Figure 6. Master’s Outbound Total Exam Score
Combined master’s outbound exam data (n=2 schools), where all of seven exam topics were included on the exam from academic year 2014-15 through 2019-20. All schools used the same exam for each of the six academic years.
Our findings demonstrate that program quality, as seen in trends of the outbound exam scores, increases over time. The increase is due to a combination of factors in five case studies that are explored in the white paper, “The Use of Summative Assessment to Improve Quality in Business Administration Programs.” The case studies reveal how using a comprehensive assessment solution and establishing a culture of quality aids in the assurance of learning process.
Assessment Impacts Quality
Assessing student learning within a program is one of the primary objectives of education. When done well, students thrive, programs become more and more innovative, and the educational institution better responds to its stakeholders. Thus, a robust assessment process, at the program level, is critical to student and institutional success.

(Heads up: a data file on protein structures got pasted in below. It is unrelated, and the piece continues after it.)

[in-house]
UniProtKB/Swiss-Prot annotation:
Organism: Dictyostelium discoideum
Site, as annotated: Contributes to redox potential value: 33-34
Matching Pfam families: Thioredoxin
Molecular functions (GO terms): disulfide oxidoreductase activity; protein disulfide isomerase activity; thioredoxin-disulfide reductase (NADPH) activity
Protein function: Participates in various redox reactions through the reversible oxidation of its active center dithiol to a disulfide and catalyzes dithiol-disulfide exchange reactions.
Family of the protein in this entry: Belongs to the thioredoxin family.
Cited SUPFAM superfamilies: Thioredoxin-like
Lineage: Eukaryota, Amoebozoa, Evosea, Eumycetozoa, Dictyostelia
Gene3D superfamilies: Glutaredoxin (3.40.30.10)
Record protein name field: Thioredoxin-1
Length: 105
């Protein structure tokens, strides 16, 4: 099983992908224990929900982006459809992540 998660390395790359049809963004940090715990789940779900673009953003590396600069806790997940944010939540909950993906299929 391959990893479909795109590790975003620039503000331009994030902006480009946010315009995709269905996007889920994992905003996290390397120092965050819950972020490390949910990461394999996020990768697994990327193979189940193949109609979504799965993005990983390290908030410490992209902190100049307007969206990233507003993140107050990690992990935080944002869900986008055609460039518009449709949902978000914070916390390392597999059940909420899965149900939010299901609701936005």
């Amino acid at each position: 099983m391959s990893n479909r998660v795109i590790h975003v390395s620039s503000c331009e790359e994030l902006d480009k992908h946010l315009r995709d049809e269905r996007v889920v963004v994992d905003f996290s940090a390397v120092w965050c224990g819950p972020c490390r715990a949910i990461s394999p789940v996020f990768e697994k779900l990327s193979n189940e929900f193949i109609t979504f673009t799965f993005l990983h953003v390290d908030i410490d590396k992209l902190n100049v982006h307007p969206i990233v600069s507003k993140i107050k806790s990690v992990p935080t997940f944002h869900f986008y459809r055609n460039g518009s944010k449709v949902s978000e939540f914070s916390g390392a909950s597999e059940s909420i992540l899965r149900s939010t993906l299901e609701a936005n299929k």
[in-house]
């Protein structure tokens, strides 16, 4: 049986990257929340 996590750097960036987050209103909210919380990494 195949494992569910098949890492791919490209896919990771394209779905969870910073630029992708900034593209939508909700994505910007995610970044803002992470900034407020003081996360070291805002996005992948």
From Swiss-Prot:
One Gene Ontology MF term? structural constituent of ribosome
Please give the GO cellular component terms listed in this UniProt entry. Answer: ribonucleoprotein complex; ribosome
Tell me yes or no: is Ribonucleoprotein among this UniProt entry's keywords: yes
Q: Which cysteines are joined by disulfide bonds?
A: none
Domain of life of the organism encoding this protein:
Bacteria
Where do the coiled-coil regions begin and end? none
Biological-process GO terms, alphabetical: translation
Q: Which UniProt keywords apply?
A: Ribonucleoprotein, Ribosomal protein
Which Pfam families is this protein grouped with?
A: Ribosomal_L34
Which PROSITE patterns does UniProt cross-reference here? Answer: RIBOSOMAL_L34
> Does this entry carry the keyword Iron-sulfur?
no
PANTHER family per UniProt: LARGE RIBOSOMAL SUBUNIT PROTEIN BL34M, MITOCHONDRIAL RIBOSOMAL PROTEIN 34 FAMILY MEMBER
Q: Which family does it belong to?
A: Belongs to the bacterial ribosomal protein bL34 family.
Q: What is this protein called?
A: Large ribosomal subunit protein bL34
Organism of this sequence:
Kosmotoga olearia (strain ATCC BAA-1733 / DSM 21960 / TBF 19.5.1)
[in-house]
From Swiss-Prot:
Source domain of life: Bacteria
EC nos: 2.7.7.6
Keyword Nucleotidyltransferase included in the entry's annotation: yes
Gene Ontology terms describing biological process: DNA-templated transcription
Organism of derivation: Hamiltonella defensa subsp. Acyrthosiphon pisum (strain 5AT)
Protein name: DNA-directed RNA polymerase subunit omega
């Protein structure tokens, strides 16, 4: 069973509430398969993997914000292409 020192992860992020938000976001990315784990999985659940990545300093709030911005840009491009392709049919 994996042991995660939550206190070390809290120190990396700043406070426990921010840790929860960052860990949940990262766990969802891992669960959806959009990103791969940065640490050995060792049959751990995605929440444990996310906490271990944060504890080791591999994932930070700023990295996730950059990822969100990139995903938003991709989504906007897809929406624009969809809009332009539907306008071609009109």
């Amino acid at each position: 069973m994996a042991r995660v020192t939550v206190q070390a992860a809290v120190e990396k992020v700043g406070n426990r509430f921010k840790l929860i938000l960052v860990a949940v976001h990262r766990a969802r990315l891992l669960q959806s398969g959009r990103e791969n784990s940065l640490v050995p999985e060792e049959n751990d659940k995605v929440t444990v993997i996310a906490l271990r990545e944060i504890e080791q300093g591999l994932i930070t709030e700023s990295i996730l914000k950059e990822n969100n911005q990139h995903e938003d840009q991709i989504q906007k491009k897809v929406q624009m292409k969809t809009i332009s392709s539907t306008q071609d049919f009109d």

The key with any assessment plan is to identify what the program wants the learners to know and be able to do, and to define learning objectives that are in line with the demands of the current economy and the industries to which graduates are expected to contribute. Choosing an assessment tool that accurately measures learning objectives is critical for closing the loop.
Download the full white paper, “The Use of Summative Assessment to Improve Quality in Business Administration Programs.”